Default
Operation Liberty Shield – A Chance To Crack Down On Asylum fraud
Default author
March 19, 2003, 04:00 AM
A+
|
a-
Print Friendly and PDF

Whatever else it is, the Department of Homeland Security`s "Operation Liberty Shield" is great news for immigration law enforcement - potentially.

The asylum detention provisions announced Monday by Secretary Ridge are some of most welcome and long-overdue measures ever designed for stopping asylum fraud and closing the detention revolving door of the EOIR Immigration Court system.

Asylees now account for more than 30,000 entries to the U.S. every year.

With Homeland Security now in control of all former Immigration and Naturalization Service functions, Secretary Ridge announced that the department would start detaining all asylum applicants from countries where al-Queda members, sympathizers and other terrorists originate. Bravo!

Detaining asylum-seekers throughout the deportation limbo of the EOIR Immigration Court makes good sense.

Secretary Ridge called it a "reasonable and prudent temporary action [to] make sure that those who are seeking asylum, number one, are who they say they are and, two, are legitimately seeking refuge in our country because of political repression at home, not because they choose to cause us harm or bring destruction to our shores."

But Ridge`s action is only temporary. The concept of detaining asylum seekers "for the duration of their processing period" should be implemented permanently.

Asylum-seekers are one of the most egregious groups of fugitive aliens identified by the Office of Inspector General - in 1996, and again in February, 2003. [PDF version] They simply won`t allow themselves to be deported.

For aliens actually ordered deported in Immigration Court, who were not granted relief from removal, and who exhausted all of their lengthy appeals, the OIG found that:

  • 97 percent of all asylum-seekers from ANY country who were released from immigration custody were never apprehended again by the federal government, and were never deported

  • 94 percent of aliens from terrorist-supporting countries who were released from immigration detention were never found again, and were never deported

  • 87 percent of all aliens released from immigration custody were never caught again, and were never deported

But if the aliens remained in immigration custody throughout the entire Immigration Court hearing process, guess what the Inspector General found?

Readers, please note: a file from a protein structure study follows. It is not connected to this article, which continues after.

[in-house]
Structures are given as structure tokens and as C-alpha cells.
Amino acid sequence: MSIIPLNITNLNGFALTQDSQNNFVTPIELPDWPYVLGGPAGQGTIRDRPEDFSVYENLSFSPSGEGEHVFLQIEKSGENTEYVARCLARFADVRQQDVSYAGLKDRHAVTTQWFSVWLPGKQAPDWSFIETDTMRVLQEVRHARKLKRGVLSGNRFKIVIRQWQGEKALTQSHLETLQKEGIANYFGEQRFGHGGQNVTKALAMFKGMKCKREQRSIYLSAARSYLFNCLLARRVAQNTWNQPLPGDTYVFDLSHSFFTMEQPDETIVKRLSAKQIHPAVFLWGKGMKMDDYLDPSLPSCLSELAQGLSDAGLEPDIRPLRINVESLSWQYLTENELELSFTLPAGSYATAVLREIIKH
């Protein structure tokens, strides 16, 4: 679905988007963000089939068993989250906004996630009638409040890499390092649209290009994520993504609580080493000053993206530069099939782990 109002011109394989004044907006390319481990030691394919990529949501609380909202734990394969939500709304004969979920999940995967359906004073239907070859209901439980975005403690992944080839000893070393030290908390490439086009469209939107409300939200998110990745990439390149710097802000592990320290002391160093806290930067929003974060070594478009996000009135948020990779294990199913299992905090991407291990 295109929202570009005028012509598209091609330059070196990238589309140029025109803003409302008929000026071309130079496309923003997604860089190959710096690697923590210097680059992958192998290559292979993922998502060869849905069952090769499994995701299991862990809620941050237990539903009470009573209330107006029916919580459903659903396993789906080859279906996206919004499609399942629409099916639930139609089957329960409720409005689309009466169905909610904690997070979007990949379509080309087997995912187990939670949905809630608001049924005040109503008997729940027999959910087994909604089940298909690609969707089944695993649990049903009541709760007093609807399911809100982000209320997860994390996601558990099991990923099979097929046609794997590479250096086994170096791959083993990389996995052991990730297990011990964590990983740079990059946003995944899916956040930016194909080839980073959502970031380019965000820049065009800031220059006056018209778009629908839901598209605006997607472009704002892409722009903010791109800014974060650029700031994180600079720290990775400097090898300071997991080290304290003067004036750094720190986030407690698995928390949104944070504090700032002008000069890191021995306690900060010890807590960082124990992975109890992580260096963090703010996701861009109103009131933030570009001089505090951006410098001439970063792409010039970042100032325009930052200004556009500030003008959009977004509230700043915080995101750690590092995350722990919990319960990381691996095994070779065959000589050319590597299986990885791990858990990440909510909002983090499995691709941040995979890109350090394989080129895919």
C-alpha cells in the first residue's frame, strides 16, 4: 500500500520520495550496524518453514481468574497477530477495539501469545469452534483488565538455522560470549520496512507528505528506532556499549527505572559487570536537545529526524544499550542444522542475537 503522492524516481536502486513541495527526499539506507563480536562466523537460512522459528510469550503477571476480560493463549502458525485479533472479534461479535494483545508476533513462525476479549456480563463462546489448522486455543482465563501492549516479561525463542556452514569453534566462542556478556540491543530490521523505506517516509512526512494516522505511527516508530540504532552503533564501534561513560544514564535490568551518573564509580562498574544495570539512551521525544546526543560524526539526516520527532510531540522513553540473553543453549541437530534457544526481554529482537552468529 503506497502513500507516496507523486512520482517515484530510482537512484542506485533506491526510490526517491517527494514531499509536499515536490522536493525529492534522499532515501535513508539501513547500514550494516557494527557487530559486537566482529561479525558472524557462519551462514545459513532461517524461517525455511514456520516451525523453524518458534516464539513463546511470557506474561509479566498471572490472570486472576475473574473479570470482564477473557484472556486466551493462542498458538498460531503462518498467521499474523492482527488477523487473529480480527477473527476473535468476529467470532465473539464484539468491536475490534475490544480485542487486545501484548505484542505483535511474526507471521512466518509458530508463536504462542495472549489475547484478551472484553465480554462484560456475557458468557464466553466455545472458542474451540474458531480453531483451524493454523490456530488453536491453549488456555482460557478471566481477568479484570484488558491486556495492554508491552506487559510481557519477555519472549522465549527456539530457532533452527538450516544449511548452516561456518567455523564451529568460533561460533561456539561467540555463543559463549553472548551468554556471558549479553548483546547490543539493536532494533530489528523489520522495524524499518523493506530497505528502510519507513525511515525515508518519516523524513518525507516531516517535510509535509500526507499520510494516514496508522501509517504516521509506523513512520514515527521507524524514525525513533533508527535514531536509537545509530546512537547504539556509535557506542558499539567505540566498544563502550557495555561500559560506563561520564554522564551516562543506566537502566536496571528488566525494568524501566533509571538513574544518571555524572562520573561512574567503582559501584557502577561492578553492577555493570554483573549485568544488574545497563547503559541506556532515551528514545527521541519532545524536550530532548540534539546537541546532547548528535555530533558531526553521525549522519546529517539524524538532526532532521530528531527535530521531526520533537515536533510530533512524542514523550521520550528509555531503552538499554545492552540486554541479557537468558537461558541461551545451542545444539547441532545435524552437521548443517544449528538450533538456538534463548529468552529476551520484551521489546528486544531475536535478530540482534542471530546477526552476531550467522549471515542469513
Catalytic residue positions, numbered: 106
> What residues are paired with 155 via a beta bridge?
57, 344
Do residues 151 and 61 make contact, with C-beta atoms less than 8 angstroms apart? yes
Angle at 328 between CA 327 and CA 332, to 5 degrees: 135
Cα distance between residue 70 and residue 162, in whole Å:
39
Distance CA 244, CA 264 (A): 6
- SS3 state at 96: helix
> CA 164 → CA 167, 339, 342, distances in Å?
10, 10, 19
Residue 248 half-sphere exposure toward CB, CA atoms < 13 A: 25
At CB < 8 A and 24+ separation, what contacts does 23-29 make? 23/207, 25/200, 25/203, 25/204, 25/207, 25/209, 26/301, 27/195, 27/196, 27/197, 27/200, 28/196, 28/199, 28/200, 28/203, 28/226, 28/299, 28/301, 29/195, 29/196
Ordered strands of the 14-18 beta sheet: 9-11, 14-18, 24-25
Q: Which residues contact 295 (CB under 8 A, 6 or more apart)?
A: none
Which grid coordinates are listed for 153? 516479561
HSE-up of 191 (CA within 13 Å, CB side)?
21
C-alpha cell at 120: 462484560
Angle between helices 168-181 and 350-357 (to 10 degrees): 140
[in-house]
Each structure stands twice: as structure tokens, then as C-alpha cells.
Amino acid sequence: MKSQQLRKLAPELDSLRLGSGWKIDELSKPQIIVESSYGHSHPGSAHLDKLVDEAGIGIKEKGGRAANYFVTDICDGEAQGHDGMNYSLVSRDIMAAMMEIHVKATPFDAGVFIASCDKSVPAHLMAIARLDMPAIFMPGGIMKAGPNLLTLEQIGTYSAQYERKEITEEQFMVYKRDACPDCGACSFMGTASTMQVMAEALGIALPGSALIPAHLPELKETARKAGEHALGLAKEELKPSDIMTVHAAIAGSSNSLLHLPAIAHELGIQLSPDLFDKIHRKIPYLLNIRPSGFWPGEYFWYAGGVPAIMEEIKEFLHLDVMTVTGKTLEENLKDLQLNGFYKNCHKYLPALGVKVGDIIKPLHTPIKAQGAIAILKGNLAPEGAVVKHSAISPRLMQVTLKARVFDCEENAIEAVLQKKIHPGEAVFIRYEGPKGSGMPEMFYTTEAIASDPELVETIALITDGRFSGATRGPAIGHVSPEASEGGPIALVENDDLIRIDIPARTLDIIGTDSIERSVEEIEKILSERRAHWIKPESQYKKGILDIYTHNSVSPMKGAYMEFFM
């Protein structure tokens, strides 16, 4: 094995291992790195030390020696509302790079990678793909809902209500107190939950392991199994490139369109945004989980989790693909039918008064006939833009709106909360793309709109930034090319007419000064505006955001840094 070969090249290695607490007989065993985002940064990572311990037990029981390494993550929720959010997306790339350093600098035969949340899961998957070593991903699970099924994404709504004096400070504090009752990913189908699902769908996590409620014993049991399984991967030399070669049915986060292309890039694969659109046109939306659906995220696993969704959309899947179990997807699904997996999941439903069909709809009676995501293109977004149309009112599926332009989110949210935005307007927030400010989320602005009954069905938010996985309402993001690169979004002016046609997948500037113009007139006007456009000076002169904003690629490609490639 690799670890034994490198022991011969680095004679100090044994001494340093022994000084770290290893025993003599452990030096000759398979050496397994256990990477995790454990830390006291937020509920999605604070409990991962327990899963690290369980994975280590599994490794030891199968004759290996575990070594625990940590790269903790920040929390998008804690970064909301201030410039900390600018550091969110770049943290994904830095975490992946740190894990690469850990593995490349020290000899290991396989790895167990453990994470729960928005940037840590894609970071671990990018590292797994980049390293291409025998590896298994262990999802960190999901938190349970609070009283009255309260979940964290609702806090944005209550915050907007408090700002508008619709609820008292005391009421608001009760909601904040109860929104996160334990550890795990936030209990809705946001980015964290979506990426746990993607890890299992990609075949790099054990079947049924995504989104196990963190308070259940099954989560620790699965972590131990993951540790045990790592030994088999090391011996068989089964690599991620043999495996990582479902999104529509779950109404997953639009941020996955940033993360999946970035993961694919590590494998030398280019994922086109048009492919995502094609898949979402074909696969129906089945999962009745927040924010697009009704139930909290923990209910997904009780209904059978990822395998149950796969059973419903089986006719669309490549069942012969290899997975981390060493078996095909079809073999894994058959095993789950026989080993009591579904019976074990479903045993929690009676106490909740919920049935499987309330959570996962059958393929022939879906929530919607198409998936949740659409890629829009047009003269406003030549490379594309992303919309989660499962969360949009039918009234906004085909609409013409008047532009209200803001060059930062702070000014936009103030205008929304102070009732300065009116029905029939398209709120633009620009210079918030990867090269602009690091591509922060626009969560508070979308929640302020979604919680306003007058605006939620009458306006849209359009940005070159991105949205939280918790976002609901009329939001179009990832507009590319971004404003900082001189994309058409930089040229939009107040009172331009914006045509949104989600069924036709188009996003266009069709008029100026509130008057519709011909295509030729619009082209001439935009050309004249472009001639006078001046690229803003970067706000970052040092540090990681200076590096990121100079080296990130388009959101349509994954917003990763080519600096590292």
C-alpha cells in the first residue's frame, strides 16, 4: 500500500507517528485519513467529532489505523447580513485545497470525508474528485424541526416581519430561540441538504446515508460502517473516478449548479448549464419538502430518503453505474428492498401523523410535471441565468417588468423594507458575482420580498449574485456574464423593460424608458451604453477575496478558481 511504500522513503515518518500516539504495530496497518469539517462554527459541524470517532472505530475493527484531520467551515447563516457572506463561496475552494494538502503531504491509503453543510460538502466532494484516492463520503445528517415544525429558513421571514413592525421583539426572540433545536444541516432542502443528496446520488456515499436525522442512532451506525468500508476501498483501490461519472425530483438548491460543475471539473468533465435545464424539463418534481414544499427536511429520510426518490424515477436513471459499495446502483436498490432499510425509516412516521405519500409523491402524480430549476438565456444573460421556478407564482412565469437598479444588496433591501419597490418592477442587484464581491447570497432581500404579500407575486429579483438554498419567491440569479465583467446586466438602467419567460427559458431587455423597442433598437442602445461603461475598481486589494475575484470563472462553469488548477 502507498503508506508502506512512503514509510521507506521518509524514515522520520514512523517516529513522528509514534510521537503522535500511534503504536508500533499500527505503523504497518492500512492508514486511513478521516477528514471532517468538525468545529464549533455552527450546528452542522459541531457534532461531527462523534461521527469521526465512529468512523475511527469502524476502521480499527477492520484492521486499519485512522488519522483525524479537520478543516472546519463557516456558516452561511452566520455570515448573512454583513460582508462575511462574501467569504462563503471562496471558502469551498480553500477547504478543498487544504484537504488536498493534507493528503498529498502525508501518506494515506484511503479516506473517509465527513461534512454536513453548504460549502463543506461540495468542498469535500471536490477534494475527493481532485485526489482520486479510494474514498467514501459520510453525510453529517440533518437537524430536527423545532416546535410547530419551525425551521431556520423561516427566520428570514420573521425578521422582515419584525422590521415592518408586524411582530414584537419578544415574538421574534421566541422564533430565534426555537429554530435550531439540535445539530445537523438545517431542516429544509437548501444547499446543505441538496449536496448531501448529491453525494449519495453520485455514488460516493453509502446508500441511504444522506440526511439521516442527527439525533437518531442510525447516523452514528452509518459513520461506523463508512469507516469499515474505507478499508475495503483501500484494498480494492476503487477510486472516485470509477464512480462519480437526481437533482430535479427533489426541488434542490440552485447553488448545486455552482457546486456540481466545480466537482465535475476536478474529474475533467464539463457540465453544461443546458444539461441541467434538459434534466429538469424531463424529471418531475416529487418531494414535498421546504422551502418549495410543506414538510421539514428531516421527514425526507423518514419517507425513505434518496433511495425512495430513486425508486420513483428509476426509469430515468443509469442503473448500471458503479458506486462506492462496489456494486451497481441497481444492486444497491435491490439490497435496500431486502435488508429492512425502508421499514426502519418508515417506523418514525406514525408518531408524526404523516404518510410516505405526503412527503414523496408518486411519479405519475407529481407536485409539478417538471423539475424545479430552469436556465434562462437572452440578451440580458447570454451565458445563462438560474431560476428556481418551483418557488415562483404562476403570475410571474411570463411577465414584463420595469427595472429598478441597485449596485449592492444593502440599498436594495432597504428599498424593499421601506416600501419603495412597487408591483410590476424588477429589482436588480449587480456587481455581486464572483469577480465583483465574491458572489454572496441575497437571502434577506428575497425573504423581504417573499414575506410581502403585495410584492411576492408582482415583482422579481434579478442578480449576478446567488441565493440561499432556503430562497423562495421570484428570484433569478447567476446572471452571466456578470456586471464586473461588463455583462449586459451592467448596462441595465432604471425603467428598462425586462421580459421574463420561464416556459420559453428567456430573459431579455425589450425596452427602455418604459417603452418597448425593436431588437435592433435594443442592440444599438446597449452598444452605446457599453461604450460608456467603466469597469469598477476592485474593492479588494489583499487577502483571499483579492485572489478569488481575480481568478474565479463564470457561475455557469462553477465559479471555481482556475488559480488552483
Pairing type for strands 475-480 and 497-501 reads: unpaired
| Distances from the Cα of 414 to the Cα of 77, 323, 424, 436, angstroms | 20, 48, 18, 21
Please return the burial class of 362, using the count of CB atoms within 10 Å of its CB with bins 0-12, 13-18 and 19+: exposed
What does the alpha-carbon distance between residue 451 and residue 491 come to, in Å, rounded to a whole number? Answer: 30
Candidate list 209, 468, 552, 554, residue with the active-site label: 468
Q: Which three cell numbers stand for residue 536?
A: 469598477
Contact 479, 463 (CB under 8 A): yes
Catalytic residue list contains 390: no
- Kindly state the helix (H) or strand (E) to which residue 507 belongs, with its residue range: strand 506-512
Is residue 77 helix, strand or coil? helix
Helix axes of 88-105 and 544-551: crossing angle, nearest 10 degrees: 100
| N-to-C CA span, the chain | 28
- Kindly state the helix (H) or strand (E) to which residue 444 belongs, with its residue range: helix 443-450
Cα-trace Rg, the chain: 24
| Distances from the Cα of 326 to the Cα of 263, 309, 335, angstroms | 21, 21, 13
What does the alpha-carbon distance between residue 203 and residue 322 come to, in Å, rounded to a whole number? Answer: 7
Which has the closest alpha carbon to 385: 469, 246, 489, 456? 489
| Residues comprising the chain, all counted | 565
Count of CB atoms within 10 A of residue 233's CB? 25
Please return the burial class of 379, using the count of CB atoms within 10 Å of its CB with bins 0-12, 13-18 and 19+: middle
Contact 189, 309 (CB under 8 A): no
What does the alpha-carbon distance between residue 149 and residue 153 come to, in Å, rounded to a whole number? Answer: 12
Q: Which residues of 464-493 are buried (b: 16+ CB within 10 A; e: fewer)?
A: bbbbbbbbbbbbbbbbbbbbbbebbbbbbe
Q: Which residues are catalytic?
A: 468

An amazing 92 percent of detained aliens ordered removed were actually sent back to their native countries!

The OIG report documents the obvious — it`s the detention, stupid!

After all, it`s easier to actually deport illegal aliens and criminal alien residents when they`re already locked up!

The Inspector General confirmed that releasing aliens for the purpose of attending future Immigration Court hearings is a disaster. The success rate for actual deportations drops from 92 percent to 13 percent as the aliens walk out of custody and back to the streets on an immigration bond.

And when the government releases illegal aliens who have no business being in the United States in the first place, anything is possible.

Detaining asylum-seekers will smoke out fraud and abuse in Immigration Court, reduce the outrageous 97 percent fugitive rate, and weed out opportunists abusing the "credible fear" asylum review process. "Operation Liberty Shield" is right on the money.

But the immigration judges may not agree. The EOIR could throw a monkey wrench in the plan because it still controls all the bond hearings and appeals in Immigration Court.

If an asylum-seeker is nabbed at any port of entry, Homeland Security has sole control over the alien`s detention. The same is true for all aliens covered by expedited removal.

But illegal aliens who seek asylum once they`re within the U.S. are different. They have their custody status set by DHS - they`re either held without bond or given the opportunity to post an immigration bond. However, unlike "arriving aliens," they have the right to have their custody status reviewed (translation: bond lowered) by the EOIR immigration judges.

My solution: opt for full enforcement of Section 235(b) of the Immigration Act, giving DHS expanded power to bypass Immigration Court altogether, as the Attorney General recently did for aliens arriving by sea.

Juan Mann [send him email] is a lawyer and the proprietor of DeportAliens.com.